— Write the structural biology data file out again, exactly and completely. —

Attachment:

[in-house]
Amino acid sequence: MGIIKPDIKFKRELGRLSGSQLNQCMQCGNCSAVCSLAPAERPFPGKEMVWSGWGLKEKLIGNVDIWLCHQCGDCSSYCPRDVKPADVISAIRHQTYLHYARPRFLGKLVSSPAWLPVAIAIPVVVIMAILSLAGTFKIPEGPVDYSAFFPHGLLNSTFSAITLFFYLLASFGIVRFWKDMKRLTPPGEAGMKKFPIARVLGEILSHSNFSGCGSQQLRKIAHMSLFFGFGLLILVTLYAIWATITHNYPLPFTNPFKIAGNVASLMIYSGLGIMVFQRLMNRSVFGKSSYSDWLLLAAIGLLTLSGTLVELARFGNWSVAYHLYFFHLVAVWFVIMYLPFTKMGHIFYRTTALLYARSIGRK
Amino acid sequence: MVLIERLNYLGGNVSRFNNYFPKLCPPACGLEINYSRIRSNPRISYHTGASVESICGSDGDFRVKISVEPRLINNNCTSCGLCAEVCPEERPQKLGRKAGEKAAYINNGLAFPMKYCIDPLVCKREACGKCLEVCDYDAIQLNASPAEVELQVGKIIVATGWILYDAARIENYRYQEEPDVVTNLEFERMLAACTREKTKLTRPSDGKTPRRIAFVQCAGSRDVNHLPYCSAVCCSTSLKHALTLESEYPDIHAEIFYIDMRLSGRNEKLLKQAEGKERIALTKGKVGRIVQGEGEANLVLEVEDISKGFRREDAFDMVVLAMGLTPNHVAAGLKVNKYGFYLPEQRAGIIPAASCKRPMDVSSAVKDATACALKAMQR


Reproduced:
[in-house]
Amino acid sequence: MGIIKPDIKFKRELGRLSGSQLNQCMQCGNCSAVCSLAPAERPFPGKEMVWSGWGLKEKLIGNVDIWLCHQCGDCSSYCPRDVKPADVISAIRHQTYLHYARPRFLGKLVSSPAWLPVAIAIPVVVIMAILSLAGTFKIPEGPVDYSAFFPHGLLNSTFSAITLFFYLLASFGIVRFWKDMKRLTPPGEAGMKKFPIARVLGEILSHSNFSGCGSQQLRKIAHMSLFFGFGLLILVTLYAIWATITHNYPLPFTNPFKIAGNVASLMIYSGLGIMVFQRLMNRSVFGKSSYSDWLLLAAIGLLTLSGTLVELARFGNWSVAYHLYFFHLVAVWFVIMYLPFTKMGHIFYRTTALLYARSIGRK
Amino acid sequence: MVLIERLNYLGGNVSRFNNYFPKLCPPACGLEINYSRIRSNPRISYHTGASVESICGSDGDFRVKISVEPRLINNNCTSCGLCAEVCPEERPQKLGRKAGEKAAYINNGLAFPMKYCIDPLVCKREACGKCLEVCDYDAIQLNASPAEVELQVGKIIVATGWILYDAARIENYRYQEEPDVVTNLEFERMLAACTREKTKLTRPSDGKTPRRIAFVQCAGSRDVNHLPYCSAVCCSTSLKHALTLESEYPDIHAEIFYIDMRLSGRNEKLLKQAEGKERIALTKGKVGRIVQGEGEANLVLEVEDISKGFRREDAFDMVVLAMGLTPNHVAAGLKVNKYGFYLPEQRAGIIPAASCKRPMDVSSAVKDATACALKAMQR